Subject: GELATINE, LAGER, BREAST IMPLANTS
Date: 1992-03-27 03:05:00 GMT
To: Homebrew Digest
Fm: Jack Schmidling
>Frankly, many argue that the value of finings may be marginal, and that
improved clarity may be simply due to the use of a secondary fermenter.
They can argue all they want but gelatin works like magic. I have never made
a batch without secondary fermentation and I never had a clearing problem
till I turned to all grain.
After sitting in secondary for several weeks, the clearing process seems to
reach a level beyond which I have not the patience to wait. 24 hours after
fining with gelatin, it is crystal clear.
Since I switched to kegs, I quit fining because it settles out in the keg and
I would rather not adulterate my beer. It is just one more step removed from
>From: Jay Hersh <email@example.com>
>>It is obvious from reading the many and varied responses to my question,
that the tastes are highly variable, to the point that ale can be made to
taste like lager and vice versa.
>I *have* been following this thread. It seemed to me you were implying
(still) that there is no difference between an ale and a lager.
I neither implied nor intended any such meaning, "still" or ever.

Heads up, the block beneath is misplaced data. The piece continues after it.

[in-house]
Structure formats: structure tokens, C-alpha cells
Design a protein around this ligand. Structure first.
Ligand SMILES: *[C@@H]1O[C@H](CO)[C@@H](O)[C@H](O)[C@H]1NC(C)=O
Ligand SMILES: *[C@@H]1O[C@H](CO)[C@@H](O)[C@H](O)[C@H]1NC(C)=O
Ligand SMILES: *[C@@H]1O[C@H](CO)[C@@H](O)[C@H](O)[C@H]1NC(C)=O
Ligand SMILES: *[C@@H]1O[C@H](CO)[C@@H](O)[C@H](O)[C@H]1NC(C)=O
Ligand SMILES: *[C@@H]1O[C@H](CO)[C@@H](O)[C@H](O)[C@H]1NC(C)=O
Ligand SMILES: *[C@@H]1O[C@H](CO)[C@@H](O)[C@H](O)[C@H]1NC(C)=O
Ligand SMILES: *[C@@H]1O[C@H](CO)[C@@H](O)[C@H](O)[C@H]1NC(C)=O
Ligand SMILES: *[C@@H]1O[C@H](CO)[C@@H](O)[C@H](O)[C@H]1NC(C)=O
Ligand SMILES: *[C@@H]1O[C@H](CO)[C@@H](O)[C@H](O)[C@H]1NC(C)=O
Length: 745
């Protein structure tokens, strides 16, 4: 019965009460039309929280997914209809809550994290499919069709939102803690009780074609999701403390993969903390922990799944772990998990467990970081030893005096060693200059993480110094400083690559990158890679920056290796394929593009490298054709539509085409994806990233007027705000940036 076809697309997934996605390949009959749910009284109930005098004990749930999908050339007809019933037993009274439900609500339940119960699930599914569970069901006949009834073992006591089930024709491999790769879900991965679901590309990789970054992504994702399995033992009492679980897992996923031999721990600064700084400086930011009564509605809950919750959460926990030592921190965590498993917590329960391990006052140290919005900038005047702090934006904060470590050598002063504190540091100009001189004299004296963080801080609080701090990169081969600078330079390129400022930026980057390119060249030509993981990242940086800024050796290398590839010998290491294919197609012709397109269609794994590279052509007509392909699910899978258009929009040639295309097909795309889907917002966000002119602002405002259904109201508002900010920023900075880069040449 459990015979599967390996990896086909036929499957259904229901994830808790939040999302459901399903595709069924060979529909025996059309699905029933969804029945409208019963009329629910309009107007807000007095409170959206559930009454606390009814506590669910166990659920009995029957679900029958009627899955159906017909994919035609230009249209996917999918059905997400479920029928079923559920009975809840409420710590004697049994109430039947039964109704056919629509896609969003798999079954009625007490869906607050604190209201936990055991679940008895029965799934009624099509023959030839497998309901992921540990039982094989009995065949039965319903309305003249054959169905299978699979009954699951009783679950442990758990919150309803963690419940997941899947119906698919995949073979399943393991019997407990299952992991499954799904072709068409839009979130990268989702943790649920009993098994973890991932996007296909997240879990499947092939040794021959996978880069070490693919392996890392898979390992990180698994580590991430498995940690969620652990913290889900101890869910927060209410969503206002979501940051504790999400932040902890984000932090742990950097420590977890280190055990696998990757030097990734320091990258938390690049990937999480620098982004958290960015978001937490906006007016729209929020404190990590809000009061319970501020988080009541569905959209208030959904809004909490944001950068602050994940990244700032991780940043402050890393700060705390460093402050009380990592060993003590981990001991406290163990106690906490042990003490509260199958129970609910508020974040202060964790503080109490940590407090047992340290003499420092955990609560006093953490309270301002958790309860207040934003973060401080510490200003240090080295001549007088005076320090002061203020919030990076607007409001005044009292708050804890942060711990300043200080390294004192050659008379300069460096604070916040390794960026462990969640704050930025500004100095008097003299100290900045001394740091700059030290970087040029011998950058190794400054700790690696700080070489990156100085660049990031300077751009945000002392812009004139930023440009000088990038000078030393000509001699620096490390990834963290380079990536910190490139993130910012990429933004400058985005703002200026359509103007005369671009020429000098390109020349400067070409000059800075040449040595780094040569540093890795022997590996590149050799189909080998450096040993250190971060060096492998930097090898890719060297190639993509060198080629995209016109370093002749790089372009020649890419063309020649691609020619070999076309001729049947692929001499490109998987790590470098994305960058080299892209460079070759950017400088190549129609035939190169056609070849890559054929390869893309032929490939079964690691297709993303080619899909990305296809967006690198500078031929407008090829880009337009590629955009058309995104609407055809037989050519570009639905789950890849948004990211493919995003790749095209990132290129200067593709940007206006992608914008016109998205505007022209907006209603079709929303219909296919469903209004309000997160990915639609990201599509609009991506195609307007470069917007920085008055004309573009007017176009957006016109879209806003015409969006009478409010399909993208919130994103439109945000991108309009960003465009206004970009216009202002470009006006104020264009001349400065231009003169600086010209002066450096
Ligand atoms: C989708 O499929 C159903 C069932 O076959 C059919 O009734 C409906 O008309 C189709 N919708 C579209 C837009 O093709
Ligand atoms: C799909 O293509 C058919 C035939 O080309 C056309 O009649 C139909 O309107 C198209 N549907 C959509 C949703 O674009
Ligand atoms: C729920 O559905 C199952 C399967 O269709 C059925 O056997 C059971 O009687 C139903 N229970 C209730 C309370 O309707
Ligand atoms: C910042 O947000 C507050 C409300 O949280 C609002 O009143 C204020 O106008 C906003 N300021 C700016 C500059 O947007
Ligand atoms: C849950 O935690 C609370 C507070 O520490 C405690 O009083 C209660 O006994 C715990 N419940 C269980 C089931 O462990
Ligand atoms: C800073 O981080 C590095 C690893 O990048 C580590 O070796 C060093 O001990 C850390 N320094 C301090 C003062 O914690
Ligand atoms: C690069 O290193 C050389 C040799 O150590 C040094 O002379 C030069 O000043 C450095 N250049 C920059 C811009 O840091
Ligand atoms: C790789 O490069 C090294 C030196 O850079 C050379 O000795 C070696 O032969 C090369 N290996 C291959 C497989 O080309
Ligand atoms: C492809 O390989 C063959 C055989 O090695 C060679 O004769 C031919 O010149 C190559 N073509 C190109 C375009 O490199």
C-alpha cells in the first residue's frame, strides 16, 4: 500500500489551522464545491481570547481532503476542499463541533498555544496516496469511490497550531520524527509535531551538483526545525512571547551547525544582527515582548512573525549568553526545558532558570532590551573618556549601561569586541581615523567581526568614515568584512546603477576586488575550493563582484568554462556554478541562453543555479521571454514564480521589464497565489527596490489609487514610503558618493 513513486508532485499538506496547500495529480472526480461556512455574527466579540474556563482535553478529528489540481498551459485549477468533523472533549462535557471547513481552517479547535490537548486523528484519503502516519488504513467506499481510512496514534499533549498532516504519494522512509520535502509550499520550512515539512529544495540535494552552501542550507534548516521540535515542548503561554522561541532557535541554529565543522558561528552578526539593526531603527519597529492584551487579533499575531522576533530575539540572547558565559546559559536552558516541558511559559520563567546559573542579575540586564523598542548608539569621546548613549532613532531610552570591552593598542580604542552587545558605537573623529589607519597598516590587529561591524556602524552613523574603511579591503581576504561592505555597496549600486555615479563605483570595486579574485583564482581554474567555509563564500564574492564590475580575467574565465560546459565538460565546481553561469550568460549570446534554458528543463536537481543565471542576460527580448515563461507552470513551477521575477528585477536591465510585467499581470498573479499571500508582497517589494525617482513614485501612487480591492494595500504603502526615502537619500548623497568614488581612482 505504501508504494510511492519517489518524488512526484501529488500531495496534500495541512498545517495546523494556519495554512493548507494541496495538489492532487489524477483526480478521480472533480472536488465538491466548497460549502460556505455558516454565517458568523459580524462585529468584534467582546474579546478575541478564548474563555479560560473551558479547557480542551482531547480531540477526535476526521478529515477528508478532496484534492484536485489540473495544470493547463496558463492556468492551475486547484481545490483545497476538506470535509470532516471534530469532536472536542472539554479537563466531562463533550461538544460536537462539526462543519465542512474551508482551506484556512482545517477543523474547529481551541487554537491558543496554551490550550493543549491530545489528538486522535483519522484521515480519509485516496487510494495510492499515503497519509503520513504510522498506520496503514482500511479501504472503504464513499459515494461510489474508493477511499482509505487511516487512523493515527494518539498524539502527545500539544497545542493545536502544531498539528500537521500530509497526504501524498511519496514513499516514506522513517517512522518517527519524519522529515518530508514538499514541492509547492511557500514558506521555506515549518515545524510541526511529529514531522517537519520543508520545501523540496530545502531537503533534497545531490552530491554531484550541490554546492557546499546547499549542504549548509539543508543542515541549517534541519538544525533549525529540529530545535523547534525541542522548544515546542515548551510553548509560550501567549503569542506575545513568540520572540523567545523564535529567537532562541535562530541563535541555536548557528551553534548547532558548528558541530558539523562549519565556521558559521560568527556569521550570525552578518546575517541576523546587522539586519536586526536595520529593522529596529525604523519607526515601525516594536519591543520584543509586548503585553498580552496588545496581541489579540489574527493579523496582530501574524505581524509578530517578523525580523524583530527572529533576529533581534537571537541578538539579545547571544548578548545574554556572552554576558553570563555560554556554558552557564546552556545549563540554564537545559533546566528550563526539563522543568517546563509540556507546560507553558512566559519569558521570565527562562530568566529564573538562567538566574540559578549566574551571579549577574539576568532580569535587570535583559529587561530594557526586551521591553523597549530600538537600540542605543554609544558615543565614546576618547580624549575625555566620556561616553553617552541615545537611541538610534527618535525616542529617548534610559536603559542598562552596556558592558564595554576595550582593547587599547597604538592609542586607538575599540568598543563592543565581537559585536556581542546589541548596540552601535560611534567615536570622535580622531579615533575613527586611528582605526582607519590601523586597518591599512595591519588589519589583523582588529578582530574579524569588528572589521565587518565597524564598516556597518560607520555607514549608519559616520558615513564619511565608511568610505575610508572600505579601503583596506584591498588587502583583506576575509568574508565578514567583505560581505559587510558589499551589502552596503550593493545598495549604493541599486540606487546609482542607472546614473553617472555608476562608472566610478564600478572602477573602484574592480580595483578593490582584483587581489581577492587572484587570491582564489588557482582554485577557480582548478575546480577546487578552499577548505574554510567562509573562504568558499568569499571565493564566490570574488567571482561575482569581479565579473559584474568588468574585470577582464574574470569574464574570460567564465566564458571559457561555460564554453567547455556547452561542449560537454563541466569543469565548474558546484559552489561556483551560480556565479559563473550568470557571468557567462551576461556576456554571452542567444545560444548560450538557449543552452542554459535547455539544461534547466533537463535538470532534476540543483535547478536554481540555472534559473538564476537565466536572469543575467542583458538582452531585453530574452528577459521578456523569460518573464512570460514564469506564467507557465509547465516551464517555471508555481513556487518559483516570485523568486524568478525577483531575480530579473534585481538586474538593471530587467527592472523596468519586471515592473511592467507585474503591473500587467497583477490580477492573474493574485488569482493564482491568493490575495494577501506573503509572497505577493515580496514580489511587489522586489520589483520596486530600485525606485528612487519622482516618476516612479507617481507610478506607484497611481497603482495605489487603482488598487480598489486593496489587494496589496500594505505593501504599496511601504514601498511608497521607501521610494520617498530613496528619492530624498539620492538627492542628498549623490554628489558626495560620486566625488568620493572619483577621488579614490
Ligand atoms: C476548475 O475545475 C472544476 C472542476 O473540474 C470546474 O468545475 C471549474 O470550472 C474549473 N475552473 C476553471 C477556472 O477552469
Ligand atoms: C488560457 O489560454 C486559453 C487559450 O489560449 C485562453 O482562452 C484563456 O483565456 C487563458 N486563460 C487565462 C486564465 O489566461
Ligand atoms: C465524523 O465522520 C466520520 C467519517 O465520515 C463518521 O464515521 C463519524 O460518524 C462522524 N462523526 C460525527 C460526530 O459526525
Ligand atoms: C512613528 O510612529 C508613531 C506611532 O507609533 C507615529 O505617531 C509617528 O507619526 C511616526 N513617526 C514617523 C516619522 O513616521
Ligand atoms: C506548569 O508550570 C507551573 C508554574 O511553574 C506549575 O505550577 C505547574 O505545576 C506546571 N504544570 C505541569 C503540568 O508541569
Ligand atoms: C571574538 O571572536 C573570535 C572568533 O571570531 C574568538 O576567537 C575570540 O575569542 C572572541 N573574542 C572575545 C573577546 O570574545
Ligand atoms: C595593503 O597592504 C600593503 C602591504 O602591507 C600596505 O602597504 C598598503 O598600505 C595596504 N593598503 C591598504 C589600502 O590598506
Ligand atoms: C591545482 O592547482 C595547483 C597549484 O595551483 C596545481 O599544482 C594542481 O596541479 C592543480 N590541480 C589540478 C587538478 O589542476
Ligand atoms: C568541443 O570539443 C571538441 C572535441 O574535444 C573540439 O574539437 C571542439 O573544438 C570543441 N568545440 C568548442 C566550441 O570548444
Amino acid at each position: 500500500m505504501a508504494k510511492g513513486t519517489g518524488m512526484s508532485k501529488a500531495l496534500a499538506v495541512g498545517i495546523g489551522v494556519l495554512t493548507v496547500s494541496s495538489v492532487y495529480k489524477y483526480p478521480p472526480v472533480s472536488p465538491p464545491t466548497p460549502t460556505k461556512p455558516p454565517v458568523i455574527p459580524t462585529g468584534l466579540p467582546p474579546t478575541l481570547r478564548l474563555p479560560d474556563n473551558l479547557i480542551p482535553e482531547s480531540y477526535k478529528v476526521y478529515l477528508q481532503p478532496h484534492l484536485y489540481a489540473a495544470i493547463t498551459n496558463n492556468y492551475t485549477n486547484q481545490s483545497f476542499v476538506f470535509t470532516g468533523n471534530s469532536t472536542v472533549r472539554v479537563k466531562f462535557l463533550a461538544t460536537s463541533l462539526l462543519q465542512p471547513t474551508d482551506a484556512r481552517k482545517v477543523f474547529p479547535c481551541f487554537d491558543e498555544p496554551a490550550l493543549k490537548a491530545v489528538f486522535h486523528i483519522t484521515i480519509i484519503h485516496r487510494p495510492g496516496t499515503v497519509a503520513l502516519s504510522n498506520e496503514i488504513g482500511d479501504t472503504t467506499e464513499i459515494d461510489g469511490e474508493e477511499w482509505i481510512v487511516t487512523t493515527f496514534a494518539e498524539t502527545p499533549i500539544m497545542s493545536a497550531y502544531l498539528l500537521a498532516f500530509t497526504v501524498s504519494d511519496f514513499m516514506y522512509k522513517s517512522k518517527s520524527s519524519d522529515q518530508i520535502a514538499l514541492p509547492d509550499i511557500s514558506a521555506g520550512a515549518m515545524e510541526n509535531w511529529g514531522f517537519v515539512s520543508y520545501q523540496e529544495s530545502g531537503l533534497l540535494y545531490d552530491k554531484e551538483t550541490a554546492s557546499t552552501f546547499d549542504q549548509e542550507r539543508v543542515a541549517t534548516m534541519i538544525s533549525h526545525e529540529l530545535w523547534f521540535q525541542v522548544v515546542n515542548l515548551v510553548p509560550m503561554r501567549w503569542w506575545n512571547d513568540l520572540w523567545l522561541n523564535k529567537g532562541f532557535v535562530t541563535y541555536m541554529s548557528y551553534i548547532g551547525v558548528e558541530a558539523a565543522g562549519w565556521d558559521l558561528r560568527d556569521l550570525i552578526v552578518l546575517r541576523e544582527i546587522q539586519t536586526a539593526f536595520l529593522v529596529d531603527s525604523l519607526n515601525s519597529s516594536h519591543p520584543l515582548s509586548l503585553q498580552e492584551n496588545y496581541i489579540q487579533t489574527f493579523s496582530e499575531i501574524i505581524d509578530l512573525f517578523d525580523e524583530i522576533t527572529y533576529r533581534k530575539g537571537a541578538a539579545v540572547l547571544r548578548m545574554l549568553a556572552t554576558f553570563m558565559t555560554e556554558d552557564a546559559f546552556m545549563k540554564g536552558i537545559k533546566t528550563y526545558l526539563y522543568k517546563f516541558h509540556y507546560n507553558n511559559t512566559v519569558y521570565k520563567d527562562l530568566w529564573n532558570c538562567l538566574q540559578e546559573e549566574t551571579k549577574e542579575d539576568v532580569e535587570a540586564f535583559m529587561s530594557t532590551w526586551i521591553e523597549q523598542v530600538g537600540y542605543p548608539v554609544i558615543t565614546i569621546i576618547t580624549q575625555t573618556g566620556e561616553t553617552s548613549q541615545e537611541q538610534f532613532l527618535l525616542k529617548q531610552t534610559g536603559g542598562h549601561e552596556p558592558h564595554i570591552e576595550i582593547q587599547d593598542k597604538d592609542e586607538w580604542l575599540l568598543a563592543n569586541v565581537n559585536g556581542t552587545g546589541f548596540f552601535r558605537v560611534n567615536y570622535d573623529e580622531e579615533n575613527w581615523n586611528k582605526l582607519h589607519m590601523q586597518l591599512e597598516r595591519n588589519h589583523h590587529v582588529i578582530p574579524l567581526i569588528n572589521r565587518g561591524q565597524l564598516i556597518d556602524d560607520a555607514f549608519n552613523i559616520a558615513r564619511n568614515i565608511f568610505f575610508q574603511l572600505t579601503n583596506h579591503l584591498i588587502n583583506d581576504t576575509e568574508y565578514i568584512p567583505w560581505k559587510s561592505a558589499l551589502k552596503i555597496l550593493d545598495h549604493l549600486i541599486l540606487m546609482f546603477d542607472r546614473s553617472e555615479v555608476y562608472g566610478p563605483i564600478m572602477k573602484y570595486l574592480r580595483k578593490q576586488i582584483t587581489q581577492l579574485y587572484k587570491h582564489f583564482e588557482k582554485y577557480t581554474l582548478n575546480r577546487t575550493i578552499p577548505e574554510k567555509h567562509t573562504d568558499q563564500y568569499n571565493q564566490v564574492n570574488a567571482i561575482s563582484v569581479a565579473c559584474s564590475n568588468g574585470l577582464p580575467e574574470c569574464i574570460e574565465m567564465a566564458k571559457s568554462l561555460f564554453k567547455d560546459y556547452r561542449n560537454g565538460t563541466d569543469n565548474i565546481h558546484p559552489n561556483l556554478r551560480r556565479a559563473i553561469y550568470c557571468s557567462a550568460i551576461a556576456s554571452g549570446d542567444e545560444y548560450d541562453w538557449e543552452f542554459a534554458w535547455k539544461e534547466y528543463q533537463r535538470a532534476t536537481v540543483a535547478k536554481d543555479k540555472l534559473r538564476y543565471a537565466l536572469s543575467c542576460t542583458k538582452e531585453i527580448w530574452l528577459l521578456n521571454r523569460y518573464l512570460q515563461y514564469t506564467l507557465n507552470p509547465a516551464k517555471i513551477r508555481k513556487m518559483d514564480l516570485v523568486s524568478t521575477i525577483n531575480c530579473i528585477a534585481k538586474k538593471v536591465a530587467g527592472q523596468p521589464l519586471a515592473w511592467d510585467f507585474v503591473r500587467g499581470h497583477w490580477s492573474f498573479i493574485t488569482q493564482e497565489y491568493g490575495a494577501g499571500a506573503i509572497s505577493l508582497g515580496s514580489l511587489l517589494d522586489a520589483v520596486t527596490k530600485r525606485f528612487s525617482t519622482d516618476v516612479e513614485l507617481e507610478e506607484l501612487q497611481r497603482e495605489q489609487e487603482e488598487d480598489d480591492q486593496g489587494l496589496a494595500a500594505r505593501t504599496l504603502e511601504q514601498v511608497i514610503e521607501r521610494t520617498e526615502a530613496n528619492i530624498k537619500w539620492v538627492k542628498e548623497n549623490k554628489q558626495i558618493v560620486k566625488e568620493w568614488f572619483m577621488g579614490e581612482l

>Do you mean to say that trying to tell the difference between ale
characteristics and lager characteristics based on tasting commercial beers
is pointless because of stylistic differences (ie the recipes are so
different that you won't be able to isolate taste differences due to the
No. I said not a word about yeast. This is not a discussion about yeast.
It is a discussion about the difference between the taste of ale and lager.
How the producer achieves the difference is irrelevant.
I was told to go buy a few bottles of commercial ale and lager to determine
the difference myself.
The technical comments lead one to the conclusion that there is enough
variability in technique and recipes that it would be very difficult for an
unsophisticated taster to learn anything in that way.
When all of the opinions are sorted out we are left with nothing more that "a
cleaner taste" and a lack of certain esoteric esterish remnants. Even the
almost universally agreed to "fruitiness" of ale leaves me in the cold.
The only fruit I have ever tasted in my ale was bananas and apples resulting
from contaminated yeast and the use of sugar.
>Attention homebrewers! I ran across this article in the March 16 edition
of EE Times magazine:
>"Silicon structures too small? Add yeast...
Somewhere in all this must be the solution to the breast implant problem. :)
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